“Sod the wine, I want to suck on the writing. This man White is an instinctive writer, bloody rare to find one who actually pulls it off, as in still gets a meaning across with concision. Sharp arbitrage of speed and risk, closest thing I can think of to Cicero’s ‘motus continuum animi.’

Probably takes a drink or two to connect like that: he literally paints his senses on the page.”

DBC Pierre (Vernon God Little, Ludmila’s Broken English, Lights Out In Wonderland ... Winner: Booker prize; Whitbread prize; Bollinger Wodehouse Everyman prize; James Joyce Award from the Literary & Historical Society of University College Dublin)





17 July 2014


Forrester Estate Margaret River Alicante 2010 
$40; 15% alcohol; screw cap; 90+ points 

Like the Caucasus red, Saperavi, the Spanish Alicante bouschet is one of the few red grapes which actually have red juice. While most reds have white juice and take all their colour from their skins in the fermenter, Alicante is all red already, so is usually used to make simple gulping rosé, where the vigneron can get all the desired colour and flavour without pressing or long skin contact, which would see the fruit's significant tannins intrude. But this is a serious alcoholic black red with smooth aromas of plum and prune, even beetroot and borscht, complete with the yoghurt swirl. Somebody's given it a fine dusting of white pepper. There's a hint of the dark beetroot leaf, too. It's simple of flavour, and isn't the sort of red that would make the whole table go quiet - as the label says, it's charming. But if you were sitting there with chorizos, black Spanish ham and warm black olives, watching those poor bulls squashing savage idiots in Pamplona, I could think of nothing more suitable and satisfying. After a glass, the tannins seem to soften. After another, the alcohol seems to decline to harmlessness. Once the bottle's done, which happens fast, you sorta hope some other idiot gets the horn up him as you fumble around for another. Then you discover you're speaking in very short sentences, like Hemingway.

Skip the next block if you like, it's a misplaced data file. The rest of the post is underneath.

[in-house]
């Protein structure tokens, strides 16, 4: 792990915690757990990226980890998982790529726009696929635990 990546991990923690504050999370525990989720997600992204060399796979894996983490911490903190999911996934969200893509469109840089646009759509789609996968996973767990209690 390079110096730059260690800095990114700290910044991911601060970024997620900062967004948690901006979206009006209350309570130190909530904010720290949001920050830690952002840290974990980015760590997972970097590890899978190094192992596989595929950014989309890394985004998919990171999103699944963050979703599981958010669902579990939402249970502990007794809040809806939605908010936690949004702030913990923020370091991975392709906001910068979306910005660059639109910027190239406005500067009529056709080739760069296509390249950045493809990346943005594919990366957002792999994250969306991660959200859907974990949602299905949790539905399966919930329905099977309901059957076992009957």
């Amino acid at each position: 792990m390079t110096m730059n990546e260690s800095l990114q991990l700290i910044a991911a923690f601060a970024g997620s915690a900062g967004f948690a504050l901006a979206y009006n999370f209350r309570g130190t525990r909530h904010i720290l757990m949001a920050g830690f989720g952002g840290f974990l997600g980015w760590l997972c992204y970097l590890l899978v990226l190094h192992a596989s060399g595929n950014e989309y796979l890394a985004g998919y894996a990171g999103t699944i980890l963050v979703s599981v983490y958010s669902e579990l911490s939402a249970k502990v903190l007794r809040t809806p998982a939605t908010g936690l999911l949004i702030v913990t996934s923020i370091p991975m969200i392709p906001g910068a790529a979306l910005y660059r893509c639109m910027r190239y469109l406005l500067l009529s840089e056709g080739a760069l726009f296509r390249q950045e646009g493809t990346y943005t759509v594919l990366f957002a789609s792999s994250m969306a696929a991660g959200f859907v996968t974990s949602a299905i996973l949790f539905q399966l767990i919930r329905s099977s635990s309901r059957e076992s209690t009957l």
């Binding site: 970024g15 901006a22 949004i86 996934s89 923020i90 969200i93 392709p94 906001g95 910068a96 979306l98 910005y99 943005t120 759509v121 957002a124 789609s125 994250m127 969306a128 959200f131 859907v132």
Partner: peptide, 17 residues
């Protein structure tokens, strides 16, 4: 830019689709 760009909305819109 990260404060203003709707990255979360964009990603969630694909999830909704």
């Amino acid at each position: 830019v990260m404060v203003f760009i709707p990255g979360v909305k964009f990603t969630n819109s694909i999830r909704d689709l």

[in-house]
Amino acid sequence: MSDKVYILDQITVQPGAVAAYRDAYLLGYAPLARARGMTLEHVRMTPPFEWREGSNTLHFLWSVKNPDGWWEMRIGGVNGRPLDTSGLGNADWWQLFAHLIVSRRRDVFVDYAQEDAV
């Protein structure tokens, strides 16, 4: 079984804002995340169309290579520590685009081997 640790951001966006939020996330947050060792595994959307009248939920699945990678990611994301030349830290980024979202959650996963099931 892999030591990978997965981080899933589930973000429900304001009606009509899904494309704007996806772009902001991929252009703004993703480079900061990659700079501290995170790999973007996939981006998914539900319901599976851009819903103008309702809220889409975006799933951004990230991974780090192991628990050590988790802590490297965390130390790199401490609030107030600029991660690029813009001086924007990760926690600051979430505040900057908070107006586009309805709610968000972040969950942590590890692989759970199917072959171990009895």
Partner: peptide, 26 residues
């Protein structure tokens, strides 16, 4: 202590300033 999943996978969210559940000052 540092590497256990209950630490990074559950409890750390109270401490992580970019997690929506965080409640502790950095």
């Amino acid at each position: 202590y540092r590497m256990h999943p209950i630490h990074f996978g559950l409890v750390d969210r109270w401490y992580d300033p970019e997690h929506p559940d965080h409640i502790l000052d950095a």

Longhop Mt Lofty Ranges Rosé 2014
 $18; 13.5% alcohol, screw cap, 94 points

This rosé is pale and gently burnished to that autumnal russet hue of brown onion and pheasant eye. It's made by the dreaded Torzi-Freeland duo of the Barossa tops and the Adelaide Plains.  They've used high country Grenache, but rather than let it ooze out simple raspberry, like most dumb rosés exude, they appear to have given it the business in the shed, with some serious time on wild yeasty lees to let its fatty acids chub up. It has that curdled turn of isovaleric acid, the calming pheromone of mother's milk which will make grown men turn savage and kill each other if they get too much of it ... the frightened bullshit and sweat smell of the Pamplona lanes, or the hairoil in the beret shop where the bullrunning committee meets and Helmut Newton photographed the naked Charlotte Rampling on the ancient oak table in the backroom. Sorry, I'm off the track. This is a very pretty and seductive rosé with elegance, complexity and texture. Without all its blackness, it's more complex and profound than the Alicante above. And a much more grown-up drink than that other famous local lollypop called Alicante. This one's tannic. It has as much oak as that table ... see, dammit there I go again ... like pink Krug is two or three hundred dollars and it's majestically the best with bubbles and here you have one without the little round CO₂ cavities drifting up and it's $18? $18! Santa Maria! Play that bit back will you Sancho? Santa friggin Maria!




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Anonymous said...

Respectfully, it should never be intimated that any wine is as hot as Charlotte Rampling photographed nude on an oak table.